Good Morning!! Ouch…
The morning first steps hurt in the heel, its so bad that all the goodness of that morning is lost. You have to limp before you can place your heel down.
You are suffering from Plantar Fasciitis
also known as Heel Spur/ Jogger’s heel/ Policeman’s heel/ Gonorrheal heel (misnomer)
You may even experience pain in the heel after prolonged period of sitting like watching movies or desk job. Usually runners or joggers or people who need to stand a lot or walk a lot are prone for this kind of pain.
Many patients have tenderness over a point region on the medial (inner) region of plantar aspect (that touches the ground) of the heel. In severe case the pain may be through out the plantar aspect of the foot. It may also present behind the heel over the back side of the ankle.
It’s a self limiting degenerative disorder- will explain each term subsequently.
It’s a degenerative disorder- means increased wear and tear of the fascia or group of muscles forming a band. This band/ fascia is attached to the medial plantar tubercle of the calcaneum- which is the inner and lower most part of the heel. When your heel touches the ground the layers of tissue which contact the surfaces are from outer to innermost- thick skin- plantar fat pad-plantar fascia- calcaneum (heel bone). So your fascia is constantly rubbing against your heel bone where it is attached.
So more you stand/ walk/ jog/ run the more wear and tear of the plantar fascia. There are certain individuals who are more prone. People who have Pes Planus (flat foot), Pes Cavus (high arch), limb length difference, diabetes, hypertension, rheumatoid arthritis and other mild form of arthritis are more prone for this disorder. Most patients start having pain when they have changed their footwear, wearing loose or too tight footwear, walking or running bare feet- these all reasons change the bio-mechanics of the foot and so the unnatural wear and tear of the fascia increases, leading to pain.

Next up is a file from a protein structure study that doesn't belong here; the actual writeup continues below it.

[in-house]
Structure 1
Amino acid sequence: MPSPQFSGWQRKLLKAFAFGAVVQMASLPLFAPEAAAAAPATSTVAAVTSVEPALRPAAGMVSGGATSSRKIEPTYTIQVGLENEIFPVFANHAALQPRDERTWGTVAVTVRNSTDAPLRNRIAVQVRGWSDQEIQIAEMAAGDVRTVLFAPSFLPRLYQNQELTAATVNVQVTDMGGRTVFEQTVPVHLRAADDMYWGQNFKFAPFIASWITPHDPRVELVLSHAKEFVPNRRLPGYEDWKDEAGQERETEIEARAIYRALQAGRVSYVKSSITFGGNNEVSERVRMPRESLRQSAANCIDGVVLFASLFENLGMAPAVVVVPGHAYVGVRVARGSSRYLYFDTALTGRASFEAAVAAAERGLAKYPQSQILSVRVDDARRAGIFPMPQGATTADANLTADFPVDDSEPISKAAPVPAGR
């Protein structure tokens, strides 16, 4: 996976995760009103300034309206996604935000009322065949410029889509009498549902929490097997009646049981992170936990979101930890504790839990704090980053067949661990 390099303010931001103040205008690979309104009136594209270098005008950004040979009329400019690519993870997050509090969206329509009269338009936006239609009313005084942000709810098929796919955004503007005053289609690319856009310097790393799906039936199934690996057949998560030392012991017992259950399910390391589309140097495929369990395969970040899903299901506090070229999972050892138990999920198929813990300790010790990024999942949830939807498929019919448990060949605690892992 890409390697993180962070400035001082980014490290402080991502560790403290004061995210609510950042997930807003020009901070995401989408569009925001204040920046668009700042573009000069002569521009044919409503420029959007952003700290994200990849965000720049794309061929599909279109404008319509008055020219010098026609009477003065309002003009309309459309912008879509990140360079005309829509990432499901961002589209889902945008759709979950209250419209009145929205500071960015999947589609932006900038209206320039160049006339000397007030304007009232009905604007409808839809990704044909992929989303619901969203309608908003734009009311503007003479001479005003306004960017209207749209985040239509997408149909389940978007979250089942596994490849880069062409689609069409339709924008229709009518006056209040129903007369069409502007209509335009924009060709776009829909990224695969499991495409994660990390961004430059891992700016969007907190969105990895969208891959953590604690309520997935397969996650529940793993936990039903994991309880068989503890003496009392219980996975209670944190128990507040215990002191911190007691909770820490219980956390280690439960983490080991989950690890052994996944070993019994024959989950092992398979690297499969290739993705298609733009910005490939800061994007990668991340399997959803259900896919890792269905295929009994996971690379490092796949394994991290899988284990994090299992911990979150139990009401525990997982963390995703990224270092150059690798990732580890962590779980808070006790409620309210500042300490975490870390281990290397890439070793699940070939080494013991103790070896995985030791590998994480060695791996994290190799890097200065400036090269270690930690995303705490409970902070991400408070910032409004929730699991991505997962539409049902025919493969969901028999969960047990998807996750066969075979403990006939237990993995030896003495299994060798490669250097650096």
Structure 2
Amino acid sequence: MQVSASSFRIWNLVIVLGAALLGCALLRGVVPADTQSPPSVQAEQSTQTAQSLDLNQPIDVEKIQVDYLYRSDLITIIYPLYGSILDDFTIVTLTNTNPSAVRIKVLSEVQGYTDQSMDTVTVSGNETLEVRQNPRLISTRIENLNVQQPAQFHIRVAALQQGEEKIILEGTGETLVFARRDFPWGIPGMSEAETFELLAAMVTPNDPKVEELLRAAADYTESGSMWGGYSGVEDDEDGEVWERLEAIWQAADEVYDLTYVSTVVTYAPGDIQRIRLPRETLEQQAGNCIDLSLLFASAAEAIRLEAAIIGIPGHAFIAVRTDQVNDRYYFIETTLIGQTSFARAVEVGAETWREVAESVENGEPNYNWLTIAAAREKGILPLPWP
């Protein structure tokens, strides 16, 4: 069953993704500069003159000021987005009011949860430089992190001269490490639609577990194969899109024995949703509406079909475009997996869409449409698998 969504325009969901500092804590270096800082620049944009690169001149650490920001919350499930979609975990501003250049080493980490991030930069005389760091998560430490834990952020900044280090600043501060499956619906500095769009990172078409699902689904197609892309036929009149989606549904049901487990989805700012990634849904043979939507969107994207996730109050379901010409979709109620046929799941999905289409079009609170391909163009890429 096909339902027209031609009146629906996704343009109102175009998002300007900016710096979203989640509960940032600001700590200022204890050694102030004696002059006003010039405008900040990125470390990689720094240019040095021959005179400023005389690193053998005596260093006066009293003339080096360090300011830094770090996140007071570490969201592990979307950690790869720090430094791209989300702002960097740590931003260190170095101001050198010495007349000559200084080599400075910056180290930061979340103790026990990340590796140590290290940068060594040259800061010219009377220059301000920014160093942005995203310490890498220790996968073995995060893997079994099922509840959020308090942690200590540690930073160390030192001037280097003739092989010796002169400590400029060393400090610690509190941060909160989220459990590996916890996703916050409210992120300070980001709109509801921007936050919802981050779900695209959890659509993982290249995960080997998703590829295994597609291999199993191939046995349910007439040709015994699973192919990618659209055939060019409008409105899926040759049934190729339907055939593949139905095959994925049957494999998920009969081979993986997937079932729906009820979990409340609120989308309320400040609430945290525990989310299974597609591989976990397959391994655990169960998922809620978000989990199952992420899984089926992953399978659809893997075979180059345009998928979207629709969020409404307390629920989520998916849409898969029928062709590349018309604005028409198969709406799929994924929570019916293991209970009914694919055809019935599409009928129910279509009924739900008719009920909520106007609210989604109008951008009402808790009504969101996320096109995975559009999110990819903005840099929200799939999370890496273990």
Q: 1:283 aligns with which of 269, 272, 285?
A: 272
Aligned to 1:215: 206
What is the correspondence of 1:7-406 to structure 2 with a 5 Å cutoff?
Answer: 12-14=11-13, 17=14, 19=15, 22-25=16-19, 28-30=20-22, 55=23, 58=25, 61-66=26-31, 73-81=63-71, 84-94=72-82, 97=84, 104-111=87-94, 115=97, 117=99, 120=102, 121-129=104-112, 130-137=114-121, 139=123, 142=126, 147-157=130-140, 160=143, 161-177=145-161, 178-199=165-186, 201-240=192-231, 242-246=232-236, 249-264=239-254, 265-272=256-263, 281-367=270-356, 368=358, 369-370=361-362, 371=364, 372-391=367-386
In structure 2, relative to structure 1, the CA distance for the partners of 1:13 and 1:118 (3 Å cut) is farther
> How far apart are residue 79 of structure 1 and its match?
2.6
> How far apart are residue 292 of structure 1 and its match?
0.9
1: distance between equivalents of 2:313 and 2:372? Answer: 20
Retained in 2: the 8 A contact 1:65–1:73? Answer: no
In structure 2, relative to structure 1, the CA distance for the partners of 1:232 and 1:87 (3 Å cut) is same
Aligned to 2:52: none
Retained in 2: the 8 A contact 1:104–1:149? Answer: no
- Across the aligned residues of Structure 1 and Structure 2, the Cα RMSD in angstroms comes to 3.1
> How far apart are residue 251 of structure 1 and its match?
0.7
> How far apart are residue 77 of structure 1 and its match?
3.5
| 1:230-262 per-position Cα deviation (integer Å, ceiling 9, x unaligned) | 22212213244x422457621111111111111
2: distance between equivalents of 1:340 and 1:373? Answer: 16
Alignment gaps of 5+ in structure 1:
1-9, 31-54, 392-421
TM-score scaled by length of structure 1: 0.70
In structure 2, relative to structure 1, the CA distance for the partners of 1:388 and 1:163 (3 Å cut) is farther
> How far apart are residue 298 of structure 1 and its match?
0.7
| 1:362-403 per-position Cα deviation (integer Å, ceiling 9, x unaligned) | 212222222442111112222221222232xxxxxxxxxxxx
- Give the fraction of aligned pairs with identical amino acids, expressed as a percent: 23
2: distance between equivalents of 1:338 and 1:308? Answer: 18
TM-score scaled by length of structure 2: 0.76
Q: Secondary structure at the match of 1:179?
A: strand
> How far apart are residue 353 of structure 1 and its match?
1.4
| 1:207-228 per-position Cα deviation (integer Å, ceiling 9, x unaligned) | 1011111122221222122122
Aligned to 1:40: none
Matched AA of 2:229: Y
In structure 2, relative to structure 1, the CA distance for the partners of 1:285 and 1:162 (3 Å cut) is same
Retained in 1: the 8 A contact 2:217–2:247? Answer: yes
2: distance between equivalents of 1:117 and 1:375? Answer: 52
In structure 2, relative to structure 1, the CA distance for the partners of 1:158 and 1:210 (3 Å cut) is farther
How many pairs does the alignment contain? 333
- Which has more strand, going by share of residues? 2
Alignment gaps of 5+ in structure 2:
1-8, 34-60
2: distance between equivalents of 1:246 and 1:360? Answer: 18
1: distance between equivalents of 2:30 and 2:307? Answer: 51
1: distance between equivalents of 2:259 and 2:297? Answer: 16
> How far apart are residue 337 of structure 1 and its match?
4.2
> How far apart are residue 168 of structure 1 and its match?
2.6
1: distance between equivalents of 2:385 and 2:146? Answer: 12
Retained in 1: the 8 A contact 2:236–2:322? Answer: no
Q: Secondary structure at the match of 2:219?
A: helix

Some people with flat foot or other altered bio-mechanics need to be tested and given footwear modifications like medial arch support, sturdy/ strong counter of the shoes etc. Runners must change shoes every 400 kms or see that once the padding is lost they must change shoes.
90% patients do get better with above therapy. But in remaining 10% the healing is not complete. If pain does not reduce after rest, physiotherapy and footwear change there are other treatment options-
Splints or plaster to relieve stress on the heel and reinforce rest to the affected part.
Corticosteroid injections- a very mild steroid along with anesthetic agent given at the insertion of your fascia. If given correctly it directly reduces the inflammation and relieves pain in 2 days.
Autologous blood and Platelet rich plasma injections- help in increasing the fibroblastic activity which directly help in healing.
Botulinum Toxin-A, Cryosurgery and Radiofrequency debridement are still experimental.
Extracorporeal Shock Wave Therapy- helps increase the blood flow and hence the healing. Its US-FDA approved, but costlier and also not covered in insurance.
Surgery- fasciotomy- wherein the insertion of the fascia is released partially.
All the above procedures have pros and cons, which need to be discussed with your treating doctor.
This article is to make you aware of the basics of the Plantar fasciitis and outline the treatment modalitites. You must consult your Orthopedic surgeon in case of heel pain as many other pathologies give rise to heel pain like- Haglund deformity (swelling over back of your ankle), stress fracture of calcaneum, infection and many more. So be aware, be educated and do not hide your pain, share it with your doctor and get treated earlier.